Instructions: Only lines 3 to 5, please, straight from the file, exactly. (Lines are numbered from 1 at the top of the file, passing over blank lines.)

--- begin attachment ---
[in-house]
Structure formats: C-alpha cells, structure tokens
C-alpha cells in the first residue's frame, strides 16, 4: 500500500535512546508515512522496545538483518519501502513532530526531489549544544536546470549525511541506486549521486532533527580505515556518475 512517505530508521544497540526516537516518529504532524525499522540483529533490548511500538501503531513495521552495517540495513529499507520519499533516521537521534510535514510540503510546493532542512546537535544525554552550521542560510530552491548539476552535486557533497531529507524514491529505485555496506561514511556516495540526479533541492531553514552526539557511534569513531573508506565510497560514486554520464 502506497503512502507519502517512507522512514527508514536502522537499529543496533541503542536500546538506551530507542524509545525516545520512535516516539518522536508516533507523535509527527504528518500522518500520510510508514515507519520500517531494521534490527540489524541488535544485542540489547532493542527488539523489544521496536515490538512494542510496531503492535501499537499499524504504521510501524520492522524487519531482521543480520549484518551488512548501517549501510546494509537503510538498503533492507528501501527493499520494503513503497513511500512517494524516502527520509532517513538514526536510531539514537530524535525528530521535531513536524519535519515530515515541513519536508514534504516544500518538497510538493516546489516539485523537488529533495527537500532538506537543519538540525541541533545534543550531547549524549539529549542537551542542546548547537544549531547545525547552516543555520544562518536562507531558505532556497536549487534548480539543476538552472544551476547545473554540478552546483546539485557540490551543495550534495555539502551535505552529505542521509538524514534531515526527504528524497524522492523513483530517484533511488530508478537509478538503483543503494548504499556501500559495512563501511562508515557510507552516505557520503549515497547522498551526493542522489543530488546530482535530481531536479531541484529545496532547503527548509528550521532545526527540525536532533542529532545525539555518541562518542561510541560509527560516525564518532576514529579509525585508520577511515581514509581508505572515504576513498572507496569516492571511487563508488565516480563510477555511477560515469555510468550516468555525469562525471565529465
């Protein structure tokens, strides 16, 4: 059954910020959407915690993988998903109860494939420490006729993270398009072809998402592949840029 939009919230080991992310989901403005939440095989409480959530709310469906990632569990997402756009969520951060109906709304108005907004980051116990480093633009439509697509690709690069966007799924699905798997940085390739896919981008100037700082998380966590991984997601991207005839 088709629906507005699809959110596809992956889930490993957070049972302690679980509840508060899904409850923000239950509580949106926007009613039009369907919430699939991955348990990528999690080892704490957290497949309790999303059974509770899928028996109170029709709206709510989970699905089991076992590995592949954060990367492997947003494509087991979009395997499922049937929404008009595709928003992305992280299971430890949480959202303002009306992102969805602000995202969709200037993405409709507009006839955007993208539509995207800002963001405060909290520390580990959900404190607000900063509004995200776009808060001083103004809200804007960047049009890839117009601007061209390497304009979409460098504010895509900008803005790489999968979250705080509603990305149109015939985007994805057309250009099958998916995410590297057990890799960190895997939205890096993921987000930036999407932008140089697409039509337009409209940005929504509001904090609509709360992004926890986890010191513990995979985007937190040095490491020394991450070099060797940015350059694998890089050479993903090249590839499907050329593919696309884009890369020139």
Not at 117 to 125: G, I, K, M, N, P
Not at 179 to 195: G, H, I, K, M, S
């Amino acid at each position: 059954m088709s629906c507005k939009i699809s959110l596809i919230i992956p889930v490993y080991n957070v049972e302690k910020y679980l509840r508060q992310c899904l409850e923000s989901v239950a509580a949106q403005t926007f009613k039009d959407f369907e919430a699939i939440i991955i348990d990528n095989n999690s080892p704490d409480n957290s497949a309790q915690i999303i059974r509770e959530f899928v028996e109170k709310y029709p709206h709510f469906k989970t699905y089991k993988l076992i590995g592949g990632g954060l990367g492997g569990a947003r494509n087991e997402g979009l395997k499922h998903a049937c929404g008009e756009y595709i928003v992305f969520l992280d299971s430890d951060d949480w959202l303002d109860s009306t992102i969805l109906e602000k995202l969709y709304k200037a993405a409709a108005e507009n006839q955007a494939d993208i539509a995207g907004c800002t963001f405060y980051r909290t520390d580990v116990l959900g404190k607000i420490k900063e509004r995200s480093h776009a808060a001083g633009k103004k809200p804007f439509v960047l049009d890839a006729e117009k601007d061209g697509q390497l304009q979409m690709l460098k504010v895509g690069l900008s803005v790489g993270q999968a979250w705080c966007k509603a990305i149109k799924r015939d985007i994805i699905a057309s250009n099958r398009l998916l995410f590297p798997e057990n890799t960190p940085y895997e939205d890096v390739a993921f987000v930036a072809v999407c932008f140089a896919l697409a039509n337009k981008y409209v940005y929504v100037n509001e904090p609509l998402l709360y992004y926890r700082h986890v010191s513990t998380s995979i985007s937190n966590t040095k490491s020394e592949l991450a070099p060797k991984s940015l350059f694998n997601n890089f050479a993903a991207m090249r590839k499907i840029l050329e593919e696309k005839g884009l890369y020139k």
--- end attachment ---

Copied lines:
C-alpha cells in the first residue's frame, strides 16, 4: 500500500535512546508515512522496545538483518519501502513532530526531489549544544536546470549525511541506486549521486532533527580505515556518475 512517505530508521544497540526516537516518529504532524525499522540483529533490548511500538501503531513495521552495517540495513529499507520519499533516521537521534510535514510540503510546493532542512546537535544525554552550521542560510530552491548539476552535486557533497531529507524514491529505485555496506561514511556516495540526479533541492531553514552526539557511534569513531573508506565510497560514486554520464 502506497503512502507519502517512507522512514527508514536502522537499529543496533541503542536500546538506551530507542524509545525516545520512535516516539518522536508516533507523535509527527504528518500522518500520510510508514515507519520500517531494521534490527540489524541488535544485542540489547532493542527488539523489544521496536515490538512494542510496531503492535501499537499499524504504521510501524520492522524487519531482521543480520549484518551488512548501517549501510546494509537503510538498503533492507528501501527493499520494503513503497513511500512517494524516502527520509532517513538514526536510531539514537530524535525528530521535531513536524519535519515530515515541513519536508514534504516544500518538497510538493516546489516539485523537488529533495527537500532538506537543519538540525541541533545534543550531547549524549539529549542537551542542546548547537544549531547545525547552516543555520544562518536562507531558505532556497536549487534548480539543476538552472544551476547545473554540478552546483546539485557540490551543495550534495555539502551535505552529505542521509538524514534531515526527504528524497524522492523513483530517484533511488530508478537509478538503483543503494548504499556501500559495512563501511562508515557510507552516505557520503549515497547522498551526493542522489543530488546530482535530481531536479531541484529545496532547503527548509528550521532545526527540525536532533542529532545525539555518541562518542561510541560509527560516525564518532576514529579509525585508520577511515581514509581508505572515504576513498572507496569516492571511487563508488565516480563510477555511477560515469555510468550516468555525469562525471565529465
């Protein structure tokens, strides 16, 4: 059954910020959407915690993988998903109860494939420490006729993270398009072809998402592949840029 939009919230080991992310989901403005939440095989409480959530709310469906990632569990997402756009969520951060109906709304108005907004980051116990480093633009439509697509690709690069966007799924699905798997940085390739896919981008100037700082998380966590991984997601991207005839 088709629906507005699809959110596809992956889930490993957070049972302690679980509840508060899904409850923000239950509580949106926007009613039009369907919430699939991955348990990528999690080892704490957290497949309790999303059974509770899928028996109170029709709206709510989970699905089991076992590995592949954060990367492997947003494509087991979009395997499922049937929404008009595709928003992305992280299971430890949480959202303002009306992102969805602000995202969709200037993405409709507009006839955007993208539509995207800002963001405060909290520390580990959900404190607000900063509004995200776009808060001083103004809200804007960047049009890839117009601007061209390497304009979409460098504010895509900008803005790489999968979250705080509603990305149109015939985007994805057309250009099958998916995410590297057990890799960190895997939205890096993921987000930036999407932008140089697409039509337009409209940005929504509001904090609509709360992004926890986890010191513990995979985007937190040095490491020394991450070099060797940015350059694998890089050479993903090249590839499907050329593919696309884009890369020139």
Not at 117 to 125: G, I, K, M, N, P